San Diego is a chill little neighborhood inside the Old Walled City that is close to the local Bellas Artes Art College.
The day we visited the neighborhood, we actually stumbled on the college by accident and ended up walking through its beautiful campus to take some photos.
Some students were even exhibiting what looked like science experiments so we also checked some of those out before exploring the rest of the neighborhood to find somewhere to eat.
There are a huge amount of restaurants to try out in this neighborhood and if you’re a big fan of the late Anthony Bourdain, like I am, its also where you’ll find La Cevicheria, which he visited in 2008 for his show No Reservations.
4.) The Media is Only One Sided
One important thing to remember is that each of us has personal biases that have been built over time and is strongly influenced by our environment.
The media we consume every day plays a big part in this and has a huge influence on what we think of a particular destination.
If you ever turn on your TV to watch the news, then you know they tend to amplify negative disaster type of events more than positive ones because they understand that most people have a natural negativity bias, and will pay more attention to negative news.
Plus, most people tend to remember negative news better than positive news.
What I’m trying to say here is to do your research and rely less on your family and friend’s opinions.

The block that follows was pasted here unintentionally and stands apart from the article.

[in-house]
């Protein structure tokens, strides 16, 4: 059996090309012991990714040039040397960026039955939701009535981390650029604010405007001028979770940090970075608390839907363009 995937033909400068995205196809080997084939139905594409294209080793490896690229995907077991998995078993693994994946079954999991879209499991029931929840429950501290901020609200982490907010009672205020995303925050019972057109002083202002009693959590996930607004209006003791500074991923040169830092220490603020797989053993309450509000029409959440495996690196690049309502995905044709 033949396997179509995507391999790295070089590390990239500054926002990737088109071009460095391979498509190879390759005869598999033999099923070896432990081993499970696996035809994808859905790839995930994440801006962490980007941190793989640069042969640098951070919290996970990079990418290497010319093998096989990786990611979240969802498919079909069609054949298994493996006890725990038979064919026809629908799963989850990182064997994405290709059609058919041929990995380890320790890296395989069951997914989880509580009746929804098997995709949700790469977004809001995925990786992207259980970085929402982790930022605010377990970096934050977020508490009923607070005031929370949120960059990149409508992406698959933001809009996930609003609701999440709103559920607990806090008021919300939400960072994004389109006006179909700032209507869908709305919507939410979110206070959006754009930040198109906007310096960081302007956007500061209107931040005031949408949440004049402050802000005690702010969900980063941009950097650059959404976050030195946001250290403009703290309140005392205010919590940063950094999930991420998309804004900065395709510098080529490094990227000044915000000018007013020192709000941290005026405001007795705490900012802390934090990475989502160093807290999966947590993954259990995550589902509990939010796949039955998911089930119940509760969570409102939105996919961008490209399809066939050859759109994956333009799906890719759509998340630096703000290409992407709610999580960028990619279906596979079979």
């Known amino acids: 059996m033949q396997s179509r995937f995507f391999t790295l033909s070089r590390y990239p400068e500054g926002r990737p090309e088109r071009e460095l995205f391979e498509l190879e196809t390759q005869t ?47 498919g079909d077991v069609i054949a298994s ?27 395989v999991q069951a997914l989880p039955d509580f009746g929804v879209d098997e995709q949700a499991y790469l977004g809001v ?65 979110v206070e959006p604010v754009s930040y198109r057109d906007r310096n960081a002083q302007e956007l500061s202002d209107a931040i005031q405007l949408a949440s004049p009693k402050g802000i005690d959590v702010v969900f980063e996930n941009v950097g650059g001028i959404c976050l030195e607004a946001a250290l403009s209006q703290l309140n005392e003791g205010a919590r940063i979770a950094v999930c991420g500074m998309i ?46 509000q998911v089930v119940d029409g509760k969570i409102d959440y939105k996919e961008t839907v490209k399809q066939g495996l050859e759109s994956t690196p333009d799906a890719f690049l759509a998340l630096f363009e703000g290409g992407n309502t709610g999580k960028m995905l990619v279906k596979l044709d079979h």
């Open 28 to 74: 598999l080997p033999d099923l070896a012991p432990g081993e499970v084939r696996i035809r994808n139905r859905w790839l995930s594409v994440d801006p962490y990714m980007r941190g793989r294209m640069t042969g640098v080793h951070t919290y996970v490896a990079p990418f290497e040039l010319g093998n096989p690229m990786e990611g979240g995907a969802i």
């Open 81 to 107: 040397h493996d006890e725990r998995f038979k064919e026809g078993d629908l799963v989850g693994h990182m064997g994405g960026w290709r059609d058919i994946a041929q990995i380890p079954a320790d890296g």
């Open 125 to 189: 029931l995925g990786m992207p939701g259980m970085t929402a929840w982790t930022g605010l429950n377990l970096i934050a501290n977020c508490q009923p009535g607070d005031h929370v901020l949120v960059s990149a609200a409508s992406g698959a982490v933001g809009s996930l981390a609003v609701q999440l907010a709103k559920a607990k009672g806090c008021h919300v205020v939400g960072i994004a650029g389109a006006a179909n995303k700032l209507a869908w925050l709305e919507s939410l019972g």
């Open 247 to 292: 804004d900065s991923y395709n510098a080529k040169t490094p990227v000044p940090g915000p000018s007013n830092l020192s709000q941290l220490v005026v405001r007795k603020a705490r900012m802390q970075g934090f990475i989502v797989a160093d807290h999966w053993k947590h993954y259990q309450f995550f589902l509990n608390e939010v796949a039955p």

Since the country of Colombia has had such a violent past, a good amount of the media coverage in western countries about countries like Colomobia is negative.
So, most people in your family or friend group that you talk to about traveling to Cartagena will probably have a negative perception of Cartagena unless they have visited before.
I didn’t really think too much about this until I started telling my friends and family that I was going to Cartagena, Colombia for vacation.
Even though all the research I had done confirmed that it was a safe place to visit, all my family and friends were worried about my safety because of their negative perception of the country.
Of course I trusted their opinion and didn’t want them worrying about my safety while I was gone, so I came extremely close to canceling our trip. (I actually called the airline to double check their cancellation policy!)
Ultimately in the end, I went on the trip and realized once I got there that all the extra worrying I had done was for nothing.
Cartagena was completely safe, just like my research had confirmed.
Cartagena really was one of the most memorable trips I have been on.
It was memorable not just because of the colorful vibrant streets, awesome food, and incredible history but also because I went with my gut and went through with the trip even though most of my family and friends were telling me not to go!
Throughout my 7 days here, I never once felt unsafe walking through the city streets during the day or night and I can confidently say that Cartagena is an extremely safe city to visit!
With that said, I did only stick to the tourist areas, though, so if you want to travel to less touristy parts of Cartagena, make sure to check with your hotel to get there opinion.
Like any major tourist destination in the world, there is a risk of pick pockets and minor crimes, but if you use common sense and don’t bring attention to yourself, you’ll be more than fine.
Have you been to Cartagena before or are thinking about going?